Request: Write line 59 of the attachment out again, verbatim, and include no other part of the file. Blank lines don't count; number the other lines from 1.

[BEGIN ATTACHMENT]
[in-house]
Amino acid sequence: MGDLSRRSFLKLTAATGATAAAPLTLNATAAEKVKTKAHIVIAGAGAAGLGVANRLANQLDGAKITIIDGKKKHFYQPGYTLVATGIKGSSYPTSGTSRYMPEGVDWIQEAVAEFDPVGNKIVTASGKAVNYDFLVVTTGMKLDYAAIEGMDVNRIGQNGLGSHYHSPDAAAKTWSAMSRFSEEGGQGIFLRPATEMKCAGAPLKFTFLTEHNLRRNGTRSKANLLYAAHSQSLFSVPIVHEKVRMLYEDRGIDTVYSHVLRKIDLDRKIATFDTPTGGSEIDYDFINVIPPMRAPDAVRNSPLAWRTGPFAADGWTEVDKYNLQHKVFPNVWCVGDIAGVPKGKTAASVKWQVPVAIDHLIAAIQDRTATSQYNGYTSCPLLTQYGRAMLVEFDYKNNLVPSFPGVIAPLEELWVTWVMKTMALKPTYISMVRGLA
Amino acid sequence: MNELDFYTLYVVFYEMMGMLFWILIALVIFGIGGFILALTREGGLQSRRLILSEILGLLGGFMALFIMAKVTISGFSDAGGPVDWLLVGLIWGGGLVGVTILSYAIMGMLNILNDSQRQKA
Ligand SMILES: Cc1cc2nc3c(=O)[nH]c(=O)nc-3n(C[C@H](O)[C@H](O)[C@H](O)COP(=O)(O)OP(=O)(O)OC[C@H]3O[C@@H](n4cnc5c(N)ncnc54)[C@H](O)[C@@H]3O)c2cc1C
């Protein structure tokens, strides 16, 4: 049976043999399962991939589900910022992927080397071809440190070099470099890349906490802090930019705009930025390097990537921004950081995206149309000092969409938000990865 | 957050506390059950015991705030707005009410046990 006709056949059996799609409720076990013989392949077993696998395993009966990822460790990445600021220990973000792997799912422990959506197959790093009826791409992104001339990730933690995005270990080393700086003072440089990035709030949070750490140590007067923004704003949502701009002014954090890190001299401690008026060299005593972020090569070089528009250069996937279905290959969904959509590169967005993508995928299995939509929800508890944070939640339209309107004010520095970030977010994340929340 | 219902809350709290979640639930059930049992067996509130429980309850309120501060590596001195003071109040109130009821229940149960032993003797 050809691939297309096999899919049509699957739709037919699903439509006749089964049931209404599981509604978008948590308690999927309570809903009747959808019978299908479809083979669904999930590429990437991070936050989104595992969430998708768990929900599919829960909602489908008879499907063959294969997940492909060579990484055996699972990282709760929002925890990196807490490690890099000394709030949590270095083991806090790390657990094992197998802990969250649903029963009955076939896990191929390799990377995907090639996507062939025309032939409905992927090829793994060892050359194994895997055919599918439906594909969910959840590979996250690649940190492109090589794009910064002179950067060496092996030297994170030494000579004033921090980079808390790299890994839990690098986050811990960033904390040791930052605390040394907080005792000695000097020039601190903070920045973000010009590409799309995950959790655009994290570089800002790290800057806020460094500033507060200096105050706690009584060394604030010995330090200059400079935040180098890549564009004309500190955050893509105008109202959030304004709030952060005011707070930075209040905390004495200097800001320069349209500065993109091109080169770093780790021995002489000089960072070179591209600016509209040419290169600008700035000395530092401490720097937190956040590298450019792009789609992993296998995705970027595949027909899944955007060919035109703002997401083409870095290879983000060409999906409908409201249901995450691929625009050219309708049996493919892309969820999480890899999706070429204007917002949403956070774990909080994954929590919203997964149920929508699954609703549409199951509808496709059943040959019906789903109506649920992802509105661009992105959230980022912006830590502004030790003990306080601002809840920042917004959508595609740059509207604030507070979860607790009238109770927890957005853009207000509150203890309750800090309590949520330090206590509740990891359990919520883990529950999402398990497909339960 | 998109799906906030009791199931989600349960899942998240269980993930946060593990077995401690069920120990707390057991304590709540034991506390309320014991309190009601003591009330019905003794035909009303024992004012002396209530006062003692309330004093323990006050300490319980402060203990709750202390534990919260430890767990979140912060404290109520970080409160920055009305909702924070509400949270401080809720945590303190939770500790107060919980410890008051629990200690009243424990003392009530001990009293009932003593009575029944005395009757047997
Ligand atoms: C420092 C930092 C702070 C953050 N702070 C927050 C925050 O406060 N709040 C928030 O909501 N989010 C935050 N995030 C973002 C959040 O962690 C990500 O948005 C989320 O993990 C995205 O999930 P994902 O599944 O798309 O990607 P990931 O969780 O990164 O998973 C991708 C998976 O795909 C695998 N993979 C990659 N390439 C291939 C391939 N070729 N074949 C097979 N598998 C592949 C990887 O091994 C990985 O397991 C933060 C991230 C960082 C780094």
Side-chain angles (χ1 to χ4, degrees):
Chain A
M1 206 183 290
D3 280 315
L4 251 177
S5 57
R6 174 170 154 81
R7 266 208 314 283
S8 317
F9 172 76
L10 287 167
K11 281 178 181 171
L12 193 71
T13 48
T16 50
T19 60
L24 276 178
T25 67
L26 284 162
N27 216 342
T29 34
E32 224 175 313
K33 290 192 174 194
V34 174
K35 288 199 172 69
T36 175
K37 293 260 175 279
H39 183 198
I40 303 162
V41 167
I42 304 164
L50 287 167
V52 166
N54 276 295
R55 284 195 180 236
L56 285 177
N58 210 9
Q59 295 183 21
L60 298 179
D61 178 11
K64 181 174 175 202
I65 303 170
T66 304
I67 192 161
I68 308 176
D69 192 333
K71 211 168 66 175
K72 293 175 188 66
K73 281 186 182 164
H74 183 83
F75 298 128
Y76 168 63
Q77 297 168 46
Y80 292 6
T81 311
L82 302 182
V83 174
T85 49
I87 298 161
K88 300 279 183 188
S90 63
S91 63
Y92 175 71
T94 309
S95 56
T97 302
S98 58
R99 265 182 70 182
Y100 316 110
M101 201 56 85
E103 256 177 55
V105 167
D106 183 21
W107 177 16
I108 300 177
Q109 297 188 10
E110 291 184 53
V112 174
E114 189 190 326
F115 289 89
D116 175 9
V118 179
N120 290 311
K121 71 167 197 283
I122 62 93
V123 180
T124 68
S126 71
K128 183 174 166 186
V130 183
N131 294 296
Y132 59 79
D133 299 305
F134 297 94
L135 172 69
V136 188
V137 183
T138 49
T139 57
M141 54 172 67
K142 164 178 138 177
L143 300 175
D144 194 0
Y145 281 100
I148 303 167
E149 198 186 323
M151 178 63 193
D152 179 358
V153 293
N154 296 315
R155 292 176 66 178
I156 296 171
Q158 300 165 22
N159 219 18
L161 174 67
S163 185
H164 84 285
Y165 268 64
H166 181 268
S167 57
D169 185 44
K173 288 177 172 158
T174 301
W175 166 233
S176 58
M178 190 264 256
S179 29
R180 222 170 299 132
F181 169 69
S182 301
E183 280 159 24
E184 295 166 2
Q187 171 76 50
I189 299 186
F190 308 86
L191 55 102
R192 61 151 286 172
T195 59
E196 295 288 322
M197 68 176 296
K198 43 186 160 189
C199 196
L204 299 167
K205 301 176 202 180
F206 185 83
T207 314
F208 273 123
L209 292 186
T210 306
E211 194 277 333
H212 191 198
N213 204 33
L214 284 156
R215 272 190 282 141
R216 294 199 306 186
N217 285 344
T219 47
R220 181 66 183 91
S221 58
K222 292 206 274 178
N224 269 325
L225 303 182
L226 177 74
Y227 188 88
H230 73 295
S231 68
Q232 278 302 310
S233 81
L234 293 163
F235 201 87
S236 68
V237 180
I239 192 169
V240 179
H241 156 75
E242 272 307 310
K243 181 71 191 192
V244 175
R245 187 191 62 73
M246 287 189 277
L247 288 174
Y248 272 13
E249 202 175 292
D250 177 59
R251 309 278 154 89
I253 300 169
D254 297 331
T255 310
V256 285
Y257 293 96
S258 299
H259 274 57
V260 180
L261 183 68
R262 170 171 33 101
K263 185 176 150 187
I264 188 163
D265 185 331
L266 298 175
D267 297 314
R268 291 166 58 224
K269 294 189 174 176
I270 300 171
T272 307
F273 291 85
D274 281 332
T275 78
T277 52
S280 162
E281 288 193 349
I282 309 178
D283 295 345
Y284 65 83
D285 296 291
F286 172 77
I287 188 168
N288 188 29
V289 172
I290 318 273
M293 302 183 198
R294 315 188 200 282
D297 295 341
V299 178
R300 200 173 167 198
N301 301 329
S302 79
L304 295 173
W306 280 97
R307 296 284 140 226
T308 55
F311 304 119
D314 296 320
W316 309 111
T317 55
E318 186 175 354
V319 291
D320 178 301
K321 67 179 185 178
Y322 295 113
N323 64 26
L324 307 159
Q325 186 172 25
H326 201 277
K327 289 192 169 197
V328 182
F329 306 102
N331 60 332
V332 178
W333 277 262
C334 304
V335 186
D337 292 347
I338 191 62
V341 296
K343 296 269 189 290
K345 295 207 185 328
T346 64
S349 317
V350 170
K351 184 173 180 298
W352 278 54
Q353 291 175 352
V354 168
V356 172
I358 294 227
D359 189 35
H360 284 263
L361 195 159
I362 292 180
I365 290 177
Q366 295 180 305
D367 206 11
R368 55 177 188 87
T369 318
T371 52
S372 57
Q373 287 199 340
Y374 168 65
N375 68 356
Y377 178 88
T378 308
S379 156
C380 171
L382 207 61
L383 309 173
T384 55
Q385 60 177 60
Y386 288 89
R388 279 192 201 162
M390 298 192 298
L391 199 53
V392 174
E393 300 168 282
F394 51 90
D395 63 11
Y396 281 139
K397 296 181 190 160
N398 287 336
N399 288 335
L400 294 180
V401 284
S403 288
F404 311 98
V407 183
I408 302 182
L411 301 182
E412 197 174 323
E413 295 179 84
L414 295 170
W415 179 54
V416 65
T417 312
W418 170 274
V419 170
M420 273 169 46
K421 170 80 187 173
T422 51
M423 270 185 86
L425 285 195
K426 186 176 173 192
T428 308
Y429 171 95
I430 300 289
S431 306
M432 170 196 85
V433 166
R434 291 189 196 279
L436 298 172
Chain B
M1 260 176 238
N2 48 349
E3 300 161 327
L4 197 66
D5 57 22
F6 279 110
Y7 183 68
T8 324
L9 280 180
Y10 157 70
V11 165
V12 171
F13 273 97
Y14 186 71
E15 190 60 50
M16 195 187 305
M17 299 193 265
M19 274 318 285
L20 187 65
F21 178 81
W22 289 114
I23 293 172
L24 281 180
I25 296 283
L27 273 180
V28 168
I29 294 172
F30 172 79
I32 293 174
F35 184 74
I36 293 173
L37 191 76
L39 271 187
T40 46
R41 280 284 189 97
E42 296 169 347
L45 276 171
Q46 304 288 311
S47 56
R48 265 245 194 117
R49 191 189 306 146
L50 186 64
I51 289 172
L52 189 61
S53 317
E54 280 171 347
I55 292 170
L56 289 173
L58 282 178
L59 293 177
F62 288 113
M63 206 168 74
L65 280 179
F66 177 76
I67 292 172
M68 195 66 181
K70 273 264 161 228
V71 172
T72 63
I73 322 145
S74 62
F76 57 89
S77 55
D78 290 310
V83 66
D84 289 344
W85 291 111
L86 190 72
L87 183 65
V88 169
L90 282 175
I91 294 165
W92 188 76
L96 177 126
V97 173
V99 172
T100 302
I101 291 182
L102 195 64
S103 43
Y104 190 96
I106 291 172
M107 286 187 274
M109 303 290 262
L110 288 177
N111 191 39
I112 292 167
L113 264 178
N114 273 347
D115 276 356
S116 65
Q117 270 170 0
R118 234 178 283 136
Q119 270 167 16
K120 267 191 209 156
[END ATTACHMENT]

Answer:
Q77 297 168 46